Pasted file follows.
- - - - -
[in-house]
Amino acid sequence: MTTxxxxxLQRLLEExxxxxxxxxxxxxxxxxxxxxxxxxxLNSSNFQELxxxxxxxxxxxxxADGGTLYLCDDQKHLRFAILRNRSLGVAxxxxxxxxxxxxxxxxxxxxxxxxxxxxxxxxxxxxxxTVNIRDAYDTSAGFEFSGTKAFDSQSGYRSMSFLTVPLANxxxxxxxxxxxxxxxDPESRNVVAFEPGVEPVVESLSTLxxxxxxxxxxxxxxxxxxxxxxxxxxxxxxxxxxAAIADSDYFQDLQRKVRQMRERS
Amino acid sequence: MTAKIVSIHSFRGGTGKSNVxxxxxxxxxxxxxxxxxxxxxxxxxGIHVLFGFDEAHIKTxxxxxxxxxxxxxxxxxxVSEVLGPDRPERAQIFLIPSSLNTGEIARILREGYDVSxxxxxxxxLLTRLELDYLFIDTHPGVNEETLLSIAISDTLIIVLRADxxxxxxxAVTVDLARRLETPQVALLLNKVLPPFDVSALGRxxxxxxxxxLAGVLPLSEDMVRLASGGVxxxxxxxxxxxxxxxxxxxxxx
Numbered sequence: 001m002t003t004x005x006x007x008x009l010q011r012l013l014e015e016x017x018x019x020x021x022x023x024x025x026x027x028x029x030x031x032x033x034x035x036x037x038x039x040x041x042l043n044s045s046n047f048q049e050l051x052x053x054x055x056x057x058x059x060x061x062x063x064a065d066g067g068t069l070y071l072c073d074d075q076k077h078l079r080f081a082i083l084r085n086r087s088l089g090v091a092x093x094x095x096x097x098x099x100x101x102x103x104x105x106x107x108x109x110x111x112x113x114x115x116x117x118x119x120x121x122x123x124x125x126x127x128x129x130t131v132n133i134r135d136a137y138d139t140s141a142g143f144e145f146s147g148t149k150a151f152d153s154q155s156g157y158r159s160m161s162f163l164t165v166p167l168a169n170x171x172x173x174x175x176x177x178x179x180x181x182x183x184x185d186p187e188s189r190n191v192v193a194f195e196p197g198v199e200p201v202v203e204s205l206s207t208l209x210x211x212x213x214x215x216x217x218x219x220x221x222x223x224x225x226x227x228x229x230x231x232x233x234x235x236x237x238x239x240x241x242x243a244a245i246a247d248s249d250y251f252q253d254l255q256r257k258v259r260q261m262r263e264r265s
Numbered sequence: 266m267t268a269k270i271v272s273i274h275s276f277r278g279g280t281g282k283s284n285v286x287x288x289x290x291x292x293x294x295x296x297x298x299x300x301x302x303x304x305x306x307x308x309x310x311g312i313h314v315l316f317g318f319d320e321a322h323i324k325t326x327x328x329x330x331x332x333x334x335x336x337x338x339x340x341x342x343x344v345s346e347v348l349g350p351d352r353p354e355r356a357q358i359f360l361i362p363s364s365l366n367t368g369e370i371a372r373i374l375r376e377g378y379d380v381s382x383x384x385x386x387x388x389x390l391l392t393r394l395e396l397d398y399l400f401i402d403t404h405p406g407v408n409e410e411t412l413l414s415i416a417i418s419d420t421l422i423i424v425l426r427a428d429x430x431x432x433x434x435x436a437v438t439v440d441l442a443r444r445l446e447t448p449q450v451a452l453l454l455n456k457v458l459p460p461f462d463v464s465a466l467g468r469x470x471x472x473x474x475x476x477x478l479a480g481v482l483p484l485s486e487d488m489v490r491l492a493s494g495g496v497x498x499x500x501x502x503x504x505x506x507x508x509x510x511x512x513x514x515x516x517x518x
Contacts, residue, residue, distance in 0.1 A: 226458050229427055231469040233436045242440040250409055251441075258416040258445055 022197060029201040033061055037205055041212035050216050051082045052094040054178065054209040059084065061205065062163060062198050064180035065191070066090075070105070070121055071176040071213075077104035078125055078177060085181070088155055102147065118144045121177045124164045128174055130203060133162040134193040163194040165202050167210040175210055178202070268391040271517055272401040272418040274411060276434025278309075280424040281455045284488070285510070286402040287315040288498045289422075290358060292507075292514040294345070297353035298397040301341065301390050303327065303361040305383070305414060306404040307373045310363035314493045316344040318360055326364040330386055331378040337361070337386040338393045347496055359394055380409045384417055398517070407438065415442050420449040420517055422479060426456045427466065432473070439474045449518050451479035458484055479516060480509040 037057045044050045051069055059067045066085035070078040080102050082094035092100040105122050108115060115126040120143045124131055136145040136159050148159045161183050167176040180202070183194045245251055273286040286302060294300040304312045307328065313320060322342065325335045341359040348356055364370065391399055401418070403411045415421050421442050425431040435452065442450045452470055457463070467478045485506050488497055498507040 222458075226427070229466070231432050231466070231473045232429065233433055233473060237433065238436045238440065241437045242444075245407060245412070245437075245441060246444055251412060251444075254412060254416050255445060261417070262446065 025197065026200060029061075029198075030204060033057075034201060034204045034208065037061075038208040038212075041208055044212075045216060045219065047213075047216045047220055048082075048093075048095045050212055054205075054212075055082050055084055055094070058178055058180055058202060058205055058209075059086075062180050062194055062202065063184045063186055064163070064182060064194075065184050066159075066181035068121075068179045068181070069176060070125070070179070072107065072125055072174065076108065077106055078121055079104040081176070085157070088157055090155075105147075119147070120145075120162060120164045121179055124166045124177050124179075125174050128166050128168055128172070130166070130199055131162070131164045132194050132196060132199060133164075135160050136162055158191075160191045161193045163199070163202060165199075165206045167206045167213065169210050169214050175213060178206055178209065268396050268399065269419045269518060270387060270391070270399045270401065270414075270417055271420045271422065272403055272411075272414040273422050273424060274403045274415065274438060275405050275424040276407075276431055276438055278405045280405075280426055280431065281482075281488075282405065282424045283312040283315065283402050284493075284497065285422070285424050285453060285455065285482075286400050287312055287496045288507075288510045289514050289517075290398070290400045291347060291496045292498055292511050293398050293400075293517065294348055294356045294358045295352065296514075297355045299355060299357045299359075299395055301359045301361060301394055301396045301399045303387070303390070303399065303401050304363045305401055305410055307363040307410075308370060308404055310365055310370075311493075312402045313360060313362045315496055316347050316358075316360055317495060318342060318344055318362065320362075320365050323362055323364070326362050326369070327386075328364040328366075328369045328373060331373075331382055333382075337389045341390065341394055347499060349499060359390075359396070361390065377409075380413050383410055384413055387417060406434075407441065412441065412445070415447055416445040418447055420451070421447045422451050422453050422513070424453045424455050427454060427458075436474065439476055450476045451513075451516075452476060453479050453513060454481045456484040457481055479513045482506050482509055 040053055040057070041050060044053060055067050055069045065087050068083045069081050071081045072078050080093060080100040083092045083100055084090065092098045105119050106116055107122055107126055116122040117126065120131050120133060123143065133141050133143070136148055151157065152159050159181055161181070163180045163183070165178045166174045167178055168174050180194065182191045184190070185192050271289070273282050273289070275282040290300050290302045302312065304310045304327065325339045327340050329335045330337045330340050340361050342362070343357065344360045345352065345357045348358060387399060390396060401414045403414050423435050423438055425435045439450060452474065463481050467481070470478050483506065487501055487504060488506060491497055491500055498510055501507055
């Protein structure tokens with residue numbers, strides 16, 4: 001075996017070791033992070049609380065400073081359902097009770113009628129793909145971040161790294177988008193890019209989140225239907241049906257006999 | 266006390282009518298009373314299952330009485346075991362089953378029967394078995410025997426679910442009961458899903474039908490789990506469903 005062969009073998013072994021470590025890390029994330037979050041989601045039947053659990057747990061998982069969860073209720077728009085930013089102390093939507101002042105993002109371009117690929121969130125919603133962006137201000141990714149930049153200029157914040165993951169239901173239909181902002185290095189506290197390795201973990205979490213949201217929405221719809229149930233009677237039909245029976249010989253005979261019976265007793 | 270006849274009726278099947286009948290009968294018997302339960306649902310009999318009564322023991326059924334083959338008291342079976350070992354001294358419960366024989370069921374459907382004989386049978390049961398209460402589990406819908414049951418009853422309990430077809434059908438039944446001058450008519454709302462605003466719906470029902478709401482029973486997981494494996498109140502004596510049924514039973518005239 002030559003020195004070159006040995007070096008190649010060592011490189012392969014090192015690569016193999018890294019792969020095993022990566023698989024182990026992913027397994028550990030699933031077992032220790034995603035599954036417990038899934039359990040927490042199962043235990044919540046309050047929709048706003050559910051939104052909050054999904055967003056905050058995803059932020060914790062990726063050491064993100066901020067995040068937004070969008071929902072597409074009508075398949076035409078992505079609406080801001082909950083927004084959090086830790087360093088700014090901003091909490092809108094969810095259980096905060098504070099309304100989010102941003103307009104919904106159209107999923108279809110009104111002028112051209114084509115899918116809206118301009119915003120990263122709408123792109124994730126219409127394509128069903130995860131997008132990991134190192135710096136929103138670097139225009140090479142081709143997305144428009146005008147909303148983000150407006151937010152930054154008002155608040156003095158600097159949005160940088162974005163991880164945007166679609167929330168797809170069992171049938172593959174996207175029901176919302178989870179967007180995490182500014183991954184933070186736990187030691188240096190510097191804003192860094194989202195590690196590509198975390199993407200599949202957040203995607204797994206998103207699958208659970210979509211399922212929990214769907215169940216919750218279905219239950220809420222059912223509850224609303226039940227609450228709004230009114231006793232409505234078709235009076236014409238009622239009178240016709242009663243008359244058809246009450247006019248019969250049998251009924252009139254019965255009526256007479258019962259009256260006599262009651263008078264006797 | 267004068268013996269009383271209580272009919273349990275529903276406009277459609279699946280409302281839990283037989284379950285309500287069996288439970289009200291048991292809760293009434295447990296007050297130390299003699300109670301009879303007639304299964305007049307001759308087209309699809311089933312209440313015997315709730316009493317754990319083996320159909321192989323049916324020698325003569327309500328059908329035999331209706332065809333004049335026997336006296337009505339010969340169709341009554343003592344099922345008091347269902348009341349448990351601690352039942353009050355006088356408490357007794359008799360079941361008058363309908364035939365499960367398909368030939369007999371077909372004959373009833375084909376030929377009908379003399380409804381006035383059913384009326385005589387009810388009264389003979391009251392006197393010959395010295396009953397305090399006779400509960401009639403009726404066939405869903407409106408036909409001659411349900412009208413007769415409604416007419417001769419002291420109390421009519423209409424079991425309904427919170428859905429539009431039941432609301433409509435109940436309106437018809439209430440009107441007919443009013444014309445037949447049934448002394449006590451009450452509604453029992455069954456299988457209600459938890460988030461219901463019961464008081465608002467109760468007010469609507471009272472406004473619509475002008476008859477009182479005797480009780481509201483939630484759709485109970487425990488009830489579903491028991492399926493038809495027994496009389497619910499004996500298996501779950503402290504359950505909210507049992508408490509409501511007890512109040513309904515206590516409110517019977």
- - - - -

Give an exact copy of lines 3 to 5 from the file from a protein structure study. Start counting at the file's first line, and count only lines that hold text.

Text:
Amino acid sequence: MTAKIVSIHSFRGGTGKSNVxxxxxxxxxxxxxxxxxxxxxxxxxGIHVLFGFDEAHIKTxxxxxxxxxxxxxxxxxxVSEVLGPDRPERAQIFLIPSSLNTGEIARILREGYDVSxxxxxxxxLLTRLELDYLFIDTHPGVNEETLLSIAISDTLIIVLRADxxxxxxxAVTVDLARRLETPQVALLLNKVLPPFDVSALGRxxxxxxxxxLAGVLPLSEDMVRLASGGVxxxxxxxxxxxxxxxxxxxxxx
Numbered sequence: 001m002t003t004x005x006x007x008x009l010q011r012l013l014e015e016x017x018x019x020x021x022x023x024x025x026x027x028x029x030x031x032x033x034x035x036x037x038x039x040x041x042l043n044s045s046n047f048q049e050l051x052x053x054x055x056x057x058x059x060x061x062x063x064a065d066g067g068t069l070y071l072c073d074d075q076k077h078l079r080f081a082i083l084r085n086r087s088l089g090v091a092x093x094x095x096x097x098x099x100x101x102x103x104x105x106x107x108x109x110x111x112x113x114x115x116x117x118x119x120x121x122x123x124x125x126x127x128x129x130t131v132n133i134r135d136a137y138d139t140s141a142g143f144e145f146s147g148t149k150a151f152d153s154q155s156g157y158r159s160m161s162f163l164t165v166p167l168a169n170x171x172x173x174x175x176x177x178x179x180x181x182x183x184x185d186p187e188s189r190n191v192v193a194f195e196p197g198v199e200p201v202v203e204s205l206s207t208l209x210x211x212x213x214x215x216x217x218x219x220x221x222x223x224x225x226x227x228x229x230x231x232x233x234x235x236x237x238x239x240x241x242x243a244a245i246a247d248s249d250y251f252q253d254l255q256r257k258v259r260q261m262r263e264r265s
Numbered sequence: 266m267t268a269k270i271v272s273i274h275s276f277r278g279g280t281g282k283s284n285v286x287x288x289x290x291x292x293x294x295x296x297x298x299x300x301x302x303x304x305x306x307x308x309x310x311g312i313h314v315l316f317g318f319d320e321a322h323i324k325t326x327x328x329x330x331x332x333x334x335x336x337x338x339x340x341x342x343x344v345s346e347v348l349g350p351d352r353p354e355r356a357q358i359f360l361i362p363s364s365l366n367t368g369e370i371a372r373i374l375r376e377g378y379d380v381s382x383x384x385x386x387x388x389x390l391l392t393r394l395e396l397d398y399l400f401i402d403t404h405p406g407v408n409e410e411t412l413l414s415i416a417i418s419d420t421l422i423i424v425l426r427a428d429x430x431x432x433x434x435x436a437v438t439v440d441l442a443r444r445l446e447t448p449q450v451a452l453l454l455n456k457v458l459p460p461f462d463v464s465a466l467g468r469x470x471x472x473x474x475x476x477x478l479a480g481v482l483p484l485s486e487d488m489v490r491l492a493s494g495g496v497x498x499x500x501x502x503x504x505x506x507x508x509x510x511x512x513x514x515x516x517x518x